Literary Studies 11

This course aligns with the learning outcomes for:   British Columbia
One of the fundamental questions literature asks is this: “What does it mean to be human?” This is the driving question for Literary Studies 11. Questions that accompany this question include, “What is the human condition?” “What reasons are there for hope in humanity?” and “How do we wrestle with the realities of human evil in our pursuit of a better world?”

The vision for this course is to ask these questions through literature. Classics and canonical texts are used, as well literature from a variety of different voices, including women, minorities, and Indigenous Peoples. Each of the texts that was chosen wrestles with the realities of the human condition in some way. The hope is that students will have an opportunity to consider important questions about their own nature through the examination of this literature, with the goal of moving students toward a hopeful vision of humanity’s future.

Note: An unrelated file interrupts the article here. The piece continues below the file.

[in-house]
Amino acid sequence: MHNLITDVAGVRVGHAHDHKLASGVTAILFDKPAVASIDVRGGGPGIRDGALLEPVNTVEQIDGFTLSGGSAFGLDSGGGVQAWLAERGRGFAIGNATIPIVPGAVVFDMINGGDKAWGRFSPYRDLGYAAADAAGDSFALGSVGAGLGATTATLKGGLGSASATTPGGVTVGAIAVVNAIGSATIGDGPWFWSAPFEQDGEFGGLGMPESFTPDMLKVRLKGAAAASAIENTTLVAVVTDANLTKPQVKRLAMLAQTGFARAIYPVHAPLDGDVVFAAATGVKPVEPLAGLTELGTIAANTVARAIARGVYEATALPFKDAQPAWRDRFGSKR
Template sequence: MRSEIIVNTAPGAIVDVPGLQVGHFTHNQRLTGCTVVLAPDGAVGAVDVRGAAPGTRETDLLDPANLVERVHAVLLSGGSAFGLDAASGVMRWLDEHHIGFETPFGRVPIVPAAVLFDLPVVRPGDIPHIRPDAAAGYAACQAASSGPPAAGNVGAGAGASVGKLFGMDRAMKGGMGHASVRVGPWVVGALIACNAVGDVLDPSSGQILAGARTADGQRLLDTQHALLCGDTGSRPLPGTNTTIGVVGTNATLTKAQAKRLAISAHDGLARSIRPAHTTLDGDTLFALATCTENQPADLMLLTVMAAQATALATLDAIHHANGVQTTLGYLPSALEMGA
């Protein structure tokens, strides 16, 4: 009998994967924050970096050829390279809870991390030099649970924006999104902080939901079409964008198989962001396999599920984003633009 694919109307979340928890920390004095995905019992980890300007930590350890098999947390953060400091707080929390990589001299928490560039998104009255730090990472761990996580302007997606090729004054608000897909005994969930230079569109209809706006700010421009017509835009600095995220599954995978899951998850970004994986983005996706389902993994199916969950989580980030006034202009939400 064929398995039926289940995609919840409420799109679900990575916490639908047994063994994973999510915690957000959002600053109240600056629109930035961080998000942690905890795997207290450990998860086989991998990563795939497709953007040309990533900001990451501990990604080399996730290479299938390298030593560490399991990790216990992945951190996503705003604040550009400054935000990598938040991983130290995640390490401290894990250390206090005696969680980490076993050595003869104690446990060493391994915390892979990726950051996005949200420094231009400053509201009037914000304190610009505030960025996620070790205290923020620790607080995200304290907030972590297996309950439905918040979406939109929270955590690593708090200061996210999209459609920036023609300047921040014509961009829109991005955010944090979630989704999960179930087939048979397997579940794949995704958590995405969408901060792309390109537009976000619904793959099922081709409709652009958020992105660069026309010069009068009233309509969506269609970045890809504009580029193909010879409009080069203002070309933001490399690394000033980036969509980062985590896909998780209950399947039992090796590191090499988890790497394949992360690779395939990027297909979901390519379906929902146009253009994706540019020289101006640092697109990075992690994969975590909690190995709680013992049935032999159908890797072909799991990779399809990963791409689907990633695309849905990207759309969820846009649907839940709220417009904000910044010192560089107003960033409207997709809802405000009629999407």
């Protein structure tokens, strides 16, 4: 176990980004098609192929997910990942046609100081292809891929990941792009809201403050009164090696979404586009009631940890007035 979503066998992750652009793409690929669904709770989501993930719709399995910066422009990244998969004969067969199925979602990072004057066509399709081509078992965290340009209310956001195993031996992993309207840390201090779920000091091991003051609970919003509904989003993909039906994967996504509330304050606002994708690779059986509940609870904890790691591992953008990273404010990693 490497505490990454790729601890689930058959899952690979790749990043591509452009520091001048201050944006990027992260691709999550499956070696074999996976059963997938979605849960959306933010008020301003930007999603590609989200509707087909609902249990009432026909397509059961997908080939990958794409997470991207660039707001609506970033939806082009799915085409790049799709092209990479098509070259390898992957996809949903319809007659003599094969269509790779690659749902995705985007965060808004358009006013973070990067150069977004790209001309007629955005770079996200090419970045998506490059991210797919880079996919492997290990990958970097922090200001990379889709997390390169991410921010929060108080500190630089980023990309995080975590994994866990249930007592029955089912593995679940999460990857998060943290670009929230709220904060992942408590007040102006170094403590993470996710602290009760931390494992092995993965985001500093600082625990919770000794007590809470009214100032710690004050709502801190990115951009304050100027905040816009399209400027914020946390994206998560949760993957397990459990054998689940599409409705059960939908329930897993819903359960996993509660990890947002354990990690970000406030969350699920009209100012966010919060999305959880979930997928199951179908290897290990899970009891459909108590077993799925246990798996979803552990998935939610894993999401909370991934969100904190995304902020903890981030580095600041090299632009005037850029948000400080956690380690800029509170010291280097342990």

One of the fundamental questions literature asks is this: “What does it mean to be human?” This is the driving question for Literary Studies 11…
Questions that accompany this question include, “What is the human condition?” “What reasons are there for hope in humanity?” and “How do we wrestle with the realities of human evil in our pursuit of a better world?”

The vision for this course is to ask these questions through literature. Classics and canonical texts are used, as well literature from a variety of different voices, including women, minorities, and Indigenous Peoples. Each of the texts that was chosen wrestles with the realities of the human condition in some way. The hope is that students will have an opportunity to consider important questions about their own nature through the examination of this literature, with the goal of moving students toward a hopeful vision of humanity’s future.

Experience a lesson as your students would

Course Features

  • Stunning illustrations enhance storytelling of key texts, including Lord of the Flies and Macbeth
  • Opportunities for meaningful reflection on the nature of humanity and existence
  • Cumulative “Think Tank” that enables students to track their thinking about the course question throughout the course
  • Scaffolded presentation of text themes, including scene summaries of Macbeth and literary analysis of Lord of the Flies
  • Student voice and choice in novel selection for Dystopian Literature unit
  • Blend of canonical and modern texts from a variety of perspectives

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